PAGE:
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5 Small Business Loans and their Required Credit Scores

Business expansion requires new access to working capital. Unfortunately, not every business owner can sufficiently finance new product lines, workspace, office necessities, and other key assets that keep business operations running. This is where small business loans come in.

A credit score plays a crucial role in any underwriting process. It aids lenders in assessing a borrower’s creditworthiness. There’s no specific credit score rating that’s considered in a certain ballpark, though. Meaning, a company’s eligibility for a small business loan is assessed on a case-by-case basis.

But if a borrower had met or even exceeded a lender’s standard loan requirements (e.g., annual revenue), then he or she should aim for minimum credit scores to be eligible for different types of small business loans. Check them here:

Small Business Administration Loans (Credit Score: 640+)

Many get confused with SBA loans. Just to make things clear first, both the federal agency called Small Business Administration (an organization that supports small businesses) and the loan is referred to as SBA. But, the said agency does not make SBA loans. The banks issue SBA loans, but these loans are partially guaranteed by the said SBA agency.

SBA loans are considered as the best small business loan for small business owners. Why? An SBA loan can offer the following:

  • Highest Capital
  • Lowest Interest Rates
  • Longest Repayment Periods on the market

Specifically, an SBA can offer a capital that can worth millions, single-digit interest rates, and ten-year-long (or so) loan period, depending on the loan program and loan candidate. These three great terms made an SBA loan desirable among small business owners, making the competition fierce. Put simply, it is hard to get an SBA loan.

While SBA doesn’t require a specific credit score since it aims to offer business opportunities to small companies, companies with a 640 credit score or more can potentially be in the running. That is to say, your company should realistically have a robust financial profile to surpass other competitors and successfully obtain an SBA loan.

Term Loans (Credit Score: 700+)

Term loans are almost similar to SBA loans. The former are issued by conventional lending institutions like credit unions and local or commercial banks, too. Also, eligible applicants can enjoy desirable terms like hundreds to millions (for commercial banks) capital, lower interest rates, and longer repayment term.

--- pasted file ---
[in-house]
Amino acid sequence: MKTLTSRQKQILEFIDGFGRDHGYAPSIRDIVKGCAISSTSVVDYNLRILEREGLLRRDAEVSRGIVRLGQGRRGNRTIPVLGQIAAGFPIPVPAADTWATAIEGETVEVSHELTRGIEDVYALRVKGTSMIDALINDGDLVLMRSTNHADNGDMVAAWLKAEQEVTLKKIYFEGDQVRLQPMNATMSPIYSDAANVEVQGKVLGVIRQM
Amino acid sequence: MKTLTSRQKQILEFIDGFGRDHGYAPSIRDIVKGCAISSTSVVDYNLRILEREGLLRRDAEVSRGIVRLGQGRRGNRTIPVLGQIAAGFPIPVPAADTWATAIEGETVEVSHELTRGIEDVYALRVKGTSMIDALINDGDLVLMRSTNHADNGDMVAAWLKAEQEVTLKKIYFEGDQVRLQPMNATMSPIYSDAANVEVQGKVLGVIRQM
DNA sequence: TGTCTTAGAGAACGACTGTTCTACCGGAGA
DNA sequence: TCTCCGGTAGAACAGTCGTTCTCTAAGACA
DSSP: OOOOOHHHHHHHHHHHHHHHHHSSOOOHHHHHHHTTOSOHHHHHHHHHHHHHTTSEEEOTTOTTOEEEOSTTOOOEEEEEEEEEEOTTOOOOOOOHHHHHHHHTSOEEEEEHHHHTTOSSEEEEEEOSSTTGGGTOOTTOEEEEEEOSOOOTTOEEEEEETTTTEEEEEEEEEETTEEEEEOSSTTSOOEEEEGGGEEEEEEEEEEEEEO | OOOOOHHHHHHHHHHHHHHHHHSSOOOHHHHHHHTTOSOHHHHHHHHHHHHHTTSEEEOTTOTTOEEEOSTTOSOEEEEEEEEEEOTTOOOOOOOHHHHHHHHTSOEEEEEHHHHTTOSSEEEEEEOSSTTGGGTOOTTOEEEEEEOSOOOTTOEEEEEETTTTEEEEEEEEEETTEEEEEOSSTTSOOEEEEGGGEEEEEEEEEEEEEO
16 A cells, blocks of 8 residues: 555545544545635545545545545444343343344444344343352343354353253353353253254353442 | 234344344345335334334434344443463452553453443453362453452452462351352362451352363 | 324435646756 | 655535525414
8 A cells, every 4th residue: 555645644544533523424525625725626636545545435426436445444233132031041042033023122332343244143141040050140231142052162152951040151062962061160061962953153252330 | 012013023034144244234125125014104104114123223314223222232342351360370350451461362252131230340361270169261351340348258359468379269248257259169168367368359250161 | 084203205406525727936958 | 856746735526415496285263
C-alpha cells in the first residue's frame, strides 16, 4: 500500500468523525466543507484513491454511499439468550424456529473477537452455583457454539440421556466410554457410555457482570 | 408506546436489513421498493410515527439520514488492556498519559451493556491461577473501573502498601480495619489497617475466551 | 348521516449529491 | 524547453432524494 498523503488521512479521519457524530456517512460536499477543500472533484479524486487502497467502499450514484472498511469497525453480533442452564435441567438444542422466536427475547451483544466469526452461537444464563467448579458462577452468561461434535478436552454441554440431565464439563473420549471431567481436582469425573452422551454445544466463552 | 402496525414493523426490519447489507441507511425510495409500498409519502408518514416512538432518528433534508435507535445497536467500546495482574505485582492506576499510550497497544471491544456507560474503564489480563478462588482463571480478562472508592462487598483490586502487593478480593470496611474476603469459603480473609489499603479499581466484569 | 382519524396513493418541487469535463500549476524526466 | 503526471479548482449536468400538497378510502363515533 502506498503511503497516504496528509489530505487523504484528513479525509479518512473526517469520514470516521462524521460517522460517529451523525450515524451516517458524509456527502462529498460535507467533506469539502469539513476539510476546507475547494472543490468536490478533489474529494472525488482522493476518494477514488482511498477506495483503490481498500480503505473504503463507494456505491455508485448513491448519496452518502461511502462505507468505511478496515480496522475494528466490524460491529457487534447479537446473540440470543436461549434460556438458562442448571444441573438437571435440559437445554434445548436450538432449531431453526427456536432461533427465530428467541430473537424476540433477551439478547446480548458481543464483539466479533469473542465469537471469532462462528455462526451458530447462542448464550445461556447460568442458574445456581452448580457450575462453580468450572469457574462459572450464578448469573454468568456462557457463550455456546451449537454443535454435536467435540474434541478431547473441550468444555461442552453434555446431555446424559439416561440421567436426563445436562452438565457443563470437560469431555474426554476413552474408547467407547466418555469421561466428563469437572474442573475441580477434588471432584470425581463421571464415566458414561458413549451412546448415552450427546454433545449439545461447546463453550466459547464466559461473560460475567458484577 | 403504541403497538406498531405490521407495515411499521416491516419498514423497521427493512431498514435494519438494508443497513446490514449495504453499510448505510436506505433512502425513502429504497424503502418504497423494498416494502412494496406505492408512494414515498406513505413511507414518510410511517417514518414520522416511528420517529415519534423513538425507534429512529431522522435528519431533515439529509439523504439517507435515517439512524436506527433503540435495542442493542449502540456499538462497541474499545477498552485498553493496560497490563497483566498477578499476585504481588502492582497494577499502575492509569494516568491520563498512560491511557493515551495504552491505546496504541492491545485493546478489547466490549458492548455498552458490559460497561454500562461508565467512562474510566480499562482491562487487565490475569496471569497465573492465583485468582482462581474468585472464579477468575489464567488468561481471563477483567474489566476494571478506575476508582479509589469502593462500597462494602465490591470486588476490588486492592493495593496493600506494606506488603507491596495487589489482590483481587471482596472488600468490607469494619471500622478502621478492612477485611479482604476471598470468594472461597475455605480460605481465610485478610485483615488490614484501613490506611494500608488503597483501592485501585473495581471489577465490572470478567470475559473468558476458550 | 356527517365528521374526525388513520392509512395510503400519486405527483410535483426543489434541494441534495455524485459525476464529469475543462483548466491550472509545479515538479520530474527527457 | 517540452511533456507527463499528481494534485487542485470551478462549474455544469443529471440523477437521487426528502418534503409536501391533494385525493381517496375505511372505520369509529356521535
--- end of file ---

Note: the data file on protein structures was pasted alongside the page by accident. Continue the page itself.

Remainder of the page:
The main difference is that term loan applications are stricter than SBA loans. If SBA supports small businesses, term loans are more into companies with steady profitability, high annual revenue, longer age of business, as well as a stellar credit score.

Lenders usually take a huge leap of faith when accepting borrowers’ applications, so they usually take their time to assess your creditworthiness. Most of the time, a credit score of 650 is already enough for them, but a score of low 700s will be better.

Equipment Loan (Credit Score: 600+) 

As its name implies, an equipment loan finances computers, machinery, vehicles, or other things you need to run your business. Unlike SBA and term loans, equipment loans have fewer stringer qualifications so you can easily be approved with this kind of loan.

The thing is an equipment loan is collateralized. If you fail to repay your contribution, the lenders will seize your stuff and may resell them to others. On the positive note, the lenders are usually lenient about a borrower’s credit score for an equipment loan. A minimum credit score of 600 can already make you qualified for this work.

Moreover, it’s important to note that the other terms of an equipment loan will depend on the product you’re planning to purchase. A product’s lifespan, industry, or even its universality can have a say on your loan terms. It’s best to communicate with
Commercial Experts about this.

Accounts Receivable (AR) Financing (Credit Score: 600+)

Another type of collateralized loan is invoice or accounts receivable (AR) financing. Basically, it’s a kind of loan that allows you to finance your business’s outstanding invoices through a cash advance by a lender.

Lenders typically don’t mind a borrower’s credit score for an AR financing as heavily as they would for other loan types. It’s the invoice or client/customer’s payment that will be collateralized by the lenders in AR financing, so the onus is on the borrower’s clients or customers.

As the borrower, you only don’t have much access to your loan’s capital compared to other loan types. Generally, the loan terms vary from lender to lender. But, if your creditworthiness is a key aspect for an invoice financing loan, you should have at least a credit score of 600.

Short-Term Loans (Credit Score: 550+)

If you’re looking for faster turnaround time on financing with lower credit score requirements, a short-term loan might be the way to go. Online lenders have streamlined the short-term loan application process, as well as subsided the eligibility requirements both for individuals and businesses.

Short-term loans have relatively low financing risk because they usually offer a capital that caps at $250,000 and a repayment period for 3-18 months only, unlike that of SBA. Plus, you may have the loan even with a credit score of 550.


Here’s the catch: the higher your credit score, the lower the interest rate. Plus, other lenders may also lessen their required down payment if you have a high credit score. That’s why it’s recommended not to settle for loans that require a low credit score, especially if you want to pay lower interest rates and downpayment.

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